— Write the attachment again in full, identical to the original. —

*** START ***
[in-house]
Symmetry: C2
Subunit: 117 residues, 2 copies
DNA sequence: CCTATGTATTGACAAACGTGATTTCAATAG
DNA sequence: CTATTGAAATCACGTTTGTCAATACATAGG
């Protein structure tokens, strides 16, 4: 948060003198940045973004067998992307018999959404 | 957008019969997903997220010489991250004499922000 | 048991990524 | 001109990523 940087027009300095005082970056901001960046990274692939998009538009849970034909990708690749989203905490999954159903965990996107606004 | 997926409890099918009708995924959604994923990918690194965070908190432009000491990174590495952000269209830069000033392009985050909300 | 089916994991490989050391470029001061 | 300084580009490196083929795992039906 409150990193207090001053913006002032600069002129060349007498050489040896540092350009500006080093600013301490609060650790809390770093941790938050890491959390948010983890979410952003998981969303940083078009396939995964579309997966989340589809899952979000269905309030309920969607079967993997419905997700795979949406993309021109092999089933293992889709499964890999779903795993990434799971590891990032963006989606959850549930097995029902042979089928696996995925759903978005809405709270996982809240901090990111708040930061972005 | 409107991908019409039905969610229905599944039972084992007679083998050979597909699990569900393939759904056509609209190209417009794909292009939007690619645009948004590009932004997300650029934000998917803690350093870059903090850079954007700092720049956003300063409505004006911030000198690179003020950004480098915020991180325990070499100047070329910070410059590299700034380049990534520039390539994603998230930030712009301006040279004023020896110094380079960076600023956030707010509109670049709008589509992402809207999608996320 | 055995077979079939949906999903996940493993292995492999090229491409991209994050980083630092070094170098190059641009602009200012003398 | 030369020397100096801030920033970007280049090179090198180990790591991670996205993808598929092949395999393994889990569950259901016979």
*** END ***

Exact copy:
[in-house]
Symmetry: C2
Subunit: 117 residues, 2 copies
DNA sequence: CCTATGTATTGACAAACGTGATTTCAATAG
DNA sequence: CTATTGAAATCACGTTTGTCAATACATAGG
């Protein structure tokens, strides 16, 4: 948060003198940045973004067998992307018999959404 | 957008019969997903997220010489991250004499922000 | 048991990524 | 001109990523 940087027009300095005082970056901001960046990274692939998009538009849970034909990708690749989203905490999954159903965990996107606004 | 997926409890099918009708995924959604994923990918690194965070908190432009000491990174590495952000269209830069000033392009985050909300 | 089916994991490989050391470029001061 | 300084580009490196083929795992039906 409150990193207090001053913006002032600069002129060349007498050489040896540092350009500006080093600013301490609060650790809390770093941790938050890491959390948010983890979410952003998981969303940083078009396939995964579309997966989340589809899952979000269905309030309920969607079967993997419905997700795979949406993309021109092999089933293992889709499964890999779903795993990434799971590891990032963006989606959850549930097995029902042979089928696996995925759903978005809405709270996982809240901090990111708040930061972005 | 409107991908019409039905969610229905599944039972084992007679083998050979597909699990569900393939759904056509609209190209417009794909292009939007690619645009948004590009932004997300650029934000998917803690350093870059903090850079954007700092720049956003300063409505004006911030000198690179003020950004480098915020991180325990070499100047070329910070410059590299700034380049990534520039390539994603998230930030712009301006040279004023020896110094380079960076600023956030707010509109670049709008589509992402809207999608996320 | 055995077979079939949906999903996940493993292995492999090229491409991209994050980083630092070094170098190059641009602009200012003398 | 030369020397100096801030920033970007280049090179090198180990790591991670996205993808598929092949395999393994889990569950259901016979």